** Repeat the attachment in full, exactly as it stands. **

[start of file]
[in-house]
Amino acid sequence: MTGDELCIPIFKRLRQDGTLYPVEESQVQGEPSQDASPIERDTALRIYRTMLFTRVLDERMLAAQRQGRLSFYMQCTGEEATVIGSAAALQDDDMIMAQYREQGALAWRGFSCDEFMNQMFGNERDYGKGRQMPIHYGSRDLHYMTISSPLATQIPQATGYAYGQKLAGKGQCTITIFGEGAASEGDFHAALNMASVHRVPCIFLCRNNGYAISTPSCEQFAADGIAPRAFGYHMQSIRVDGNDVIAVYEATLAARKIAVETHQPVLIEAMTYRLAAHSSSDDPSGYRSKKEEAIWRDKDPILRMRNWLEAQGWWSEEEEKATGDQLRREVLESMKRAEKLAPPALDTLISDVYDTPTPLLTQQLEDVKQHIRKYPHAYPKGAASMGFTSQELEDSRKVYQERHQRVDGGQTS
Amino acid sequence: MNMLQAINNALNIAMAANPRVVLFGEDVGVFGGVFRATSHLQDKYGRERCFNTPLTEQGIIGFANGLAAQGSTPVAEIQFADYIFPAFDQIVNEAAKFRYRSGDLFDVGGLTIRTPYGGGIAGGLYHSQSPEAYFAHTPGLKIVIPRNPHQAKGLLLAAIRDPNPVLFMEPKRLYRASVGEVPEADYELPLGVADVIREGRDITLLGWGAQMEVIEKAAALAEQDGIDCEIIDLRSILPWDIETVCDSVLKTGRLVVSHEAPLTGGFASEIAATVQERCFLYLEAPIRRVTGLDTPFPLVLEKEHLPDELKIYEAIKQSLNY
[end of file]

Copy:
[in-house]
Amino acid sequence: MTGDELCIPIFKRLRQDGTLYPVEESQVQGEPSQDASPIERDTALRIYRTMLFTRVLDERMLAAQRQGRLSFYMQCTGEEATVIGSAAALQDDDMIMAQYREQGALAWRGFSCDEFMNQMFGNERDYGKGRQMPIHYGSRDLHYMTISSPLATQIPQATGYAYGQKLAGKGQCTITIFGEGAASEGDFHAALNMASVHRVPCIFLCRNNGYAISTPSCEQFAADGIAPRAFGYHMQSIRVDGNDVIAVYEATLAARKIAVETHQPVLIEAMTYRLAAHSSSDDPSGYRSKKEEAIWRDKDPILRMRNWLEAQGWWSEEEEKATGDQLRREVLESMKRAEKLAPPALDTLISDVYDTPTPLLTQQLEDVKQHIRKYPHAYPKGAASMGFTSQELEDSRKVYQERHQRVDGGQTS
Amino acid sequence: MNMLQAINNALNIAMAANPRVVLFGEDVGVFGGVFRATSHLQDKYGRERCFNTPLTEQGIIGFANGLAAQGSTPVAEIQFADYIFPAFDQIVNEAAKFRYRSGDLFDVGGLTIRTPYGGGIAGGLYHSQSPEAYFAHTPGLKIVIPRNPHQAKGLLLAAIRDPNPVLFMEPKRLYRASVGEVPEADYELPLGVADVIREGRDITLLGWGAQMEVIEKAAALAEQDGIDCEIIDLRSILPWDIETVCDSVLKTGRLVVSHEAPLTGGFASEIAATVQERCFLYLEAPIRRVTGLDTPFPLVLEKEHLPDELKIYEAIKQSLNY